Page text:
Grime. Of those miles, 16,600 were business related. Mrs. Grime drove 1,250 miles while commuting
(five-mile daily roundtrip commute), and 2,150 miles for personal purposes. Mrs. Grime depreciates the
car using a five-year MACRS recovery period, the 200% declining-balance method, and the half-year
convention. However, it should be noted that depreciation on the car is limited because of the “listed
property” rules. Mrs. Grime’s gasoline, oil and insurance expenses on the car amounted to $4,750. She
paid $600 in interest on the installment loan incurred to purchase the car. She also paid $50 for business
parking fees and $75 for a car rental while away from home. Mrs. Grime elects to claim the actual
Assume the answers for Form 2106, Lines 18, 19, 20 and 21 are “Yes.”
Mrs. Grime elected not to claim any Code Sec. 179 deduction or additional bonus depreciation on the car
Mrs. Grime incurred the following other business expenses:
‘ Meals and entertainment $1,500;
‘ Airfare $233;
‘ Gifts to customers $150; and
‘ Business seminar $60.
Mrs. Grime received $5,000 as a car expense reimbursement from her employer under a plan that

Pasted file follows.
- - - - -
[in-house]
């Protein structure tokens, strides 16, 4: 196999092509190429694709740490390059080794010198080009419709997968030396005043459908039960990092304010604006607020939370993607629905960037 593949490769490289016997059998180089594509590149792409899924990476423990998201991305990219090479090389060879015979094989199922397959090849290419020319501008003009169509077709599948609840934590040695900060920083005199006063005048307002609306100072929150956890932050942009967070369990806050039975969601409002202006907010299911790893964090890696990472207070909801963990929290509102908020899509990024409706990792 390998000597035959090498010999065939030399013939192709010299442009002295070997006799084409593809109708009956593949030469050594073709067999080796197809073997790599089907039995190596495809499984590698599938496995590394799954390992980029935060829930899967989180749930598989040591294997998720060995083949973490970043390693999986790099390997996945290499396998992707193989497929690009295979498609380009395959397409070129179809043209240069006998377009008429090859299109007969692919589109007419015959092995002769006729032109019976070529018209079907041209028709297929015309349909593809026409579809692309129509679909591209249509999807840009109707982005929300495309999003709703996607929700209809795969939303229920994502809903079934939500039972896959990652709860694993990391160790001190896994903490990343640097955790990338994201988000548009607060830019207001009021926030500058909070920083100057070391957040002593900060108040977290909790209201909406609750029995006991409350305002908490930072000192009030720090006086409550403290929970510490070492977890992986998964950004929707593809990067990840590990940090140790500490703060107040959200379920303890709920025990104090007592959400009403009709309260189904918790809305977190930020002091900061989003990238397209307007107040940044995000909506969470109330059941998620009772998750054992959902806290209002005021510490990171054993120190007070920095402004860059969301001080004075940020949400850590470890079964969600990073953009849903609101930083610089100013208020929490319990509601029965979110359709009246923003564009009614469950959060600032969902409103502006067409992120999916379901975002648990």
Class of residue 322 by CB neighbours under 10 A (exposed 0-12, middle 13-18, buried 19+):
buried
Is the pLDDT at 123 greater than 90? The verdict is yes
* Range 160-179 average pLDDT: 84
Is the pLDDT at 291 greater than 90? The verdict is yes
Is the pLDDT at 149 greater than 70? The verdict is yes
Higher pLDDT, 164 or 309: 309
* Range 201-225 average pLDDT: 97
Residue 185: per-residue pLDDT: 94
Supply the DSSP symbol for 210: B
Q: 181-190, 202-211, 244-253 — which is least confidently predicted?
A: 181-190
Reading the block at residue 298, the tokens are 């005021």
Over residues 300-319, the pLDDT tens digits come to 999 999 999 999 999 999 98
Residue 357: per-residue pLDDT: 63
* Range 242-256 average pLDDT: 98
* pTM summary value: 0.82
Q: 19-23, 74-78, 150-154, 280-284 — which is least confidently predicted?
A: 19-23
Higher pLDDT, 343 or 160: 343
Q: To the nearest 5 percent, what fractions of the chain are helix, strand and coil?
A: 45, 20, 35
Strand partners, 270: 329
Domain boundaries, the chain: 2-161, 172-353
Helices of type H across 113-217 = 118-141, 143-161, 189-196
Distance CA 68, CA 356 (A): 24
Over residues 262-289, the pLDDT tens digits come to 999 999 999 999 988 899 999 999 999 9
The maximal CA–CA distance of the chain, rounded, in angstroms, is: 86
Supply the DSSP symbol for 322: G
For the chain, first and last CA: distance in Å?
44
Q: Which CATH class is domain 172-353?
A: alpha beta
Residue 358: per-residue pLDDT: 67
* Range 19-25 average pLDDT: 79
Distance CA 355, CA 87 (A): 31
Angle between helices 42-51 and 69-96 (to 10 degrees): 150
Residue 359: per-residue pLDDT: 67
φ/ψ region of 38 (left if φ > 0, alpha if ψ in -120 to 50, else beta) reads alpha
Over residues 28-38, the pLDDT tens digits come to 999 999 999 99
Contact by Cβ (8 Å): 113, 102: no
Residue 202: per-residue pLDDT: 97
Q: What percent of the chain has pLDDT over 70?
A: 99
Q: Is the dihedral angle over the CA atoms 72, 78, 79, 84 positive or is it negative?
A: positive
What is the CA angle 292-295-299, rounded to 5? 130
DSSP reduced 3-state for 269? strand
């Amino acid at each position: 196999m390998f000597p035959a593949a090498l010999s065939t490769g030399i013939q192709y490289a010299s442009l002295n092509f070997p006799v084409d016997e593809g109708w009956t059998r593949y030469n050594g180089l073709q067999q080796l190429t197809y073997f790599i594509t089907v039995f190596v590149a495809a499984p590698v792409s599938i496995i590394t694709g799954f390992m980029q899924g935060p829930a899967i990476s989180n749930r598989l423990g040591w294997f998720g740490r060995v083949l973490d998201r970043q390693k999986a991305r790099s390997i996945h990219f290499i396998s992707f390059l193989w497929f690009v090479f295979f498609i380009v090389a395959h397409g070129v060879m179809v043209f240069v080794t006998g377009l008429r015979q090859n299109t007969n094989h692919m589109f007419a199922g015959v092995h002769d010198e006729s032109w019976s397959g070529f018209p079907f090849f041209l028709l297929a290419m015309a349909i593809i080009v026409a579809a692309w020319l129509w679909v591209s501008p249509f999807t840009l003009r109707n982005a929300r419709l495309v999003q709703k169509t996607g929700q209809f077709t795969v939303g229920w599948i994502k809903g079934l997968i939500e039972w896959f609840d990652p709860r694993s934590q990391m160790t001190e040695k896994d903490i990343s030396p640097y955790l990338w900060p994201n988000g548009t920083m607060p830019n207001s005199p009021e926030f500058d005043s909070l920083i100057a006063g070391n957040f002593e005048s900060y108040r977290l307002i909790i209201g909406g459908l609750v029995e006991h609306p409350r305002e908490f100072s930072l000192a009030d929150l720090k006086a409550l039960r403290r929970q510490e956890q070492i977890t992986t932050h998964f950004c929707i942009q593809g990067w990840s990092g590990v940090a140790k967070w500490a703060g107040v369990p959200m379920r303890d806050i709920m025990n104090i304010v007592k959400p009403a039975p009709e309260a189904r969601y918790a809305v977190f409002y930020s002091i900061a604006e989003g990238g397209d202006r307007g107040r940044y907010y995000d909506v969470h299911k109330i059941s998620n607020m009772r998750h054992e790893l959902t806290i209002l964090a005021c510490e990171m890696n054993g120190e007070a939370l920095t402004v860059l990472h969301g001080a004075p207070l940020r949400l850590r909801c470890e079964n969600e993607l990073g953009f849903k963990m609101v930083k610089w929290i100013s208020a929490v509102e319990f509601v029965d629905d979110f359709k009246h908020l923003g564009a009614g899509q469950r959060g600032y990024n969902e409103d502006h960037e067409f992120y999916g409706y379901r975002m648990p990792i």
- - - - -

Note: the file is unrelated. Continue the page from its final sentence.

required her to account for the expenses. The $5,000 was not reported on her Form W-2. Mrs. Grime was
not reimbursed for her other business expenses.
The Grimes paid $500 for the preparation of their 2009
tax return (including $200 for the preparation of Schedule C, Profit or Loss from Business for George
Grime’s furniture business), $50 for the rental of a safe deposit box where they stored their securities, and
$350 for investment publications.
Form 1040, Schedule B
During 2011, the Grimes received $500 in interest from the Heartland National Bank and $150 as
nominees from the Third National Savings and Loan. They received $200 in interest from tax-exempt
bonds issued by the state of Florida.
The Grime’s received the following qualified dividends: $400 from
Kwik-E- Mart, Inc., $300 from Secure Money Market Fund, and $250 from Rapid Growth Mutual Fund.
They also received a $100 capital gain distribution from Rapid Growth. In addition, the Grime’s received
$700 in nonqualified foreign corporation dividends from Consolidated Tapioca, and paid foreign taxes of
$10 to various countries in connection with this investment. The responses to the questions on Part III of
Schedule B are “No.”
Form 1040, Schedule D
During 2011, the Grimes sold the following capital assets:
(1) On February 2, 100 shares of Ahab Inc. were sold for $1,000. They had been purchased on
November 12, 2009 for $2,500.
(2) On November 5, 200 shares of Farquaad Inc. were sold for $5,000.